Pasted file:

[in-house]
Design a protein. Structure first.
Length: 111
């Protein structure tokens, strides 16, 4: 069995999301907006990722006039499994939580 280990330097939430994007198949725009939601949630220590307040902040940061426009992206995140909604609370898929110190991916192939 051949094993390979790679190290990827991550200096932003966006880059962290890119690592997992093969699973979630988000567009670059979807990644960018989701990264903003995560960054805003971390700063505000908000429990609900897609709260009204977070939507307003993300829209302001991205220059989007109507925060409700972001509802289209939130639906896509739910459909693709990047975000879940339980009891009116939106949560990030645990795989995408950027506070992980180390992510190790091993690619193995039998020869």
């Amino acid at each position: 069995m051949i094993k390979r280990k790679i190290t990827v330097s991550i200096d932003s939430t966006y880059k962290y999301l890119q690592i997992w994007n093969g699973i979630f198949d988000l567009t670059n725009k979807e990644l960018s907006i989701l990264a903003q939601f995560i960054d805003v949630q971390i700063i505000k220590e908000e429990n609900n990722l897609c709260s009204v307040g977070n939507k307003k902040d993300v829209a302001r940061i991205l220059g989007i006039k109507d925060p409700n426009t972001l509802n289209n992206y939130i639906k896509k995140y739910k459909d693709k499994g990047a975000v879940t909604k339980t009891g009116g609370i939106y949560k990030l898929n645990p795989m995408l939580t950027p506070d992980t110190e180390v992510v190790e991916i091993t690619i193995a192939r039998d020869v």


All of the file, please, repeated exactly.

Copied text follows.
[in-house]
Design a protein. Structure first.
Length: 111
């Protein structure tokens, strides 16, 4: 069995999301907006990722006039499994939580 280990330097939430994007198949725009939601949630220590307040902040940061426009992206995140909604609370898929110190991916192939 051949094993390979790679190290990827991550200096932003966006880059962290890119690592997992093969699973979630988000567009670059979807990644960018989701990264903003995560960054805003971390700063505000908000429990609900897609709260009204977070939507307003993300829209302001991205220059989007109507925060409700972001509802289209939130639906896509739910459909693709990047975000879940339980009891009116939106949560990030645990795989995408950027506070992980180390992510190790091993690619193995039998020869």
């Amino acid at each position: 069995m051949i094993k390979r280990k790679i190290t990827v330097s991550i200096d932003s939430t966006y880059k962290y999301l890119q690592i997992w994007n093969g699973i979630f198949d988000l567009t670059n725009k979807e990644l960018s907006i989701l990264a903003q939601f995560i960054d805003v949630q971390i700063i505000k220590e908000e429990n609900n990722l897609c709260s009204v307040g977070n939507k307003k902040d993300v829209a302001r940061i991205l220059g989007i006039k109507d925060p409700n426009t972001l509802n289209n992206y939130i639906k896509k995140y739910k459909d693709k499994g990047a975000v879940t909604k339980t009891g009116g609370i939106y949560k990030l898929n645990p795989m995408l939580t950027p506070d992980t110190e180390v992510v190790e991916i091993t690619i193995a192939r039998d020869v």